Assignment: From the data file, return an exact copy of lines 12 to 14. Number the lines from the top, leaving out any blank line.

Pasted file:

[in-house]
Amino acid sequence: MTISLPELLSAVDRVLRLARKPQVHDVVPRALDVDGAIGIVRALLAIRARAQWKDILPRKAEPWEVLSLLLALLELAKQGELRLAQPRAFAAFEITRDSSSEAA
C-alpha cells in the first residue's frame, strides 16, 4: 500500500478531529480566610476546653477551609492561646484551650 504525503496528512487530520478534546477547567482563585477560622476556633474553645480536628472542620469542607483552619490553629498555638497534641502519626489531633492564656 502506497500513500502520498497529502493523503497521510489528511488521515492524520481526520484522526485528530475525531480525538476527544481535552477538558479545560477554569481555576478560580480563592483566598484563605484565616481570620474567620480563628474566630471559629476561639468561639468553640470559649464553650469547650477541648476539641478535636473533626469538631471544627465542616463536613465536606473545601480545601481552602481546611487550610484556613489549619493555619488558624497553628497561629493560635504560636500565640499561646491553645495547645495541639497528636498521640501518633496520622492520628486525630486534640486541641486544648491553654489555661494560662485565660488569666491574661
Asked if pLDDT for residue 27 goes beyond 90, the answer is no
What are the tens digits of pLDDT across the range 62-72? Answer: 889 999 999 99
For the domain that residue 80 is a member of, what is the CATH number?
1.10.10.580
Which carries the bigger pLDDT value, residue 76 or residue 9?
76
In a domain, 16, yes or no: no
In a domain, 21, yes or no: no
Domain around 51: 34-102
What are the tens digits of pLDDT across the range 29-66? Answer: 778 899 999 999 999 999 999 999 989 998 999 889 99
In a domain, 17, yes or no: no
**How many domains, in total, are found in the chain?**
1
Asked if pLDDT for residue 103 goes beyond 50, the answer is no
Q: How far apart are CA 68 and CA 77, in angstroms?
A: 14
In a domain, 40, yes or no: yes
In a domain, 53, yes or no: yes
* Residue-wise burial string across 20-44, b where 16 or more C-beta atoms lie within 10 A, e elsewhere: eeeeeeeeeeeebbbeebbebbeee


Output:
Domain around 51: 34-102
What are the tens digits of pLDDT across the range 29-66? Answer: 778 899 999 999 999 999 999 999 989 998 999 889 99
In a domain, 17, yes or no: no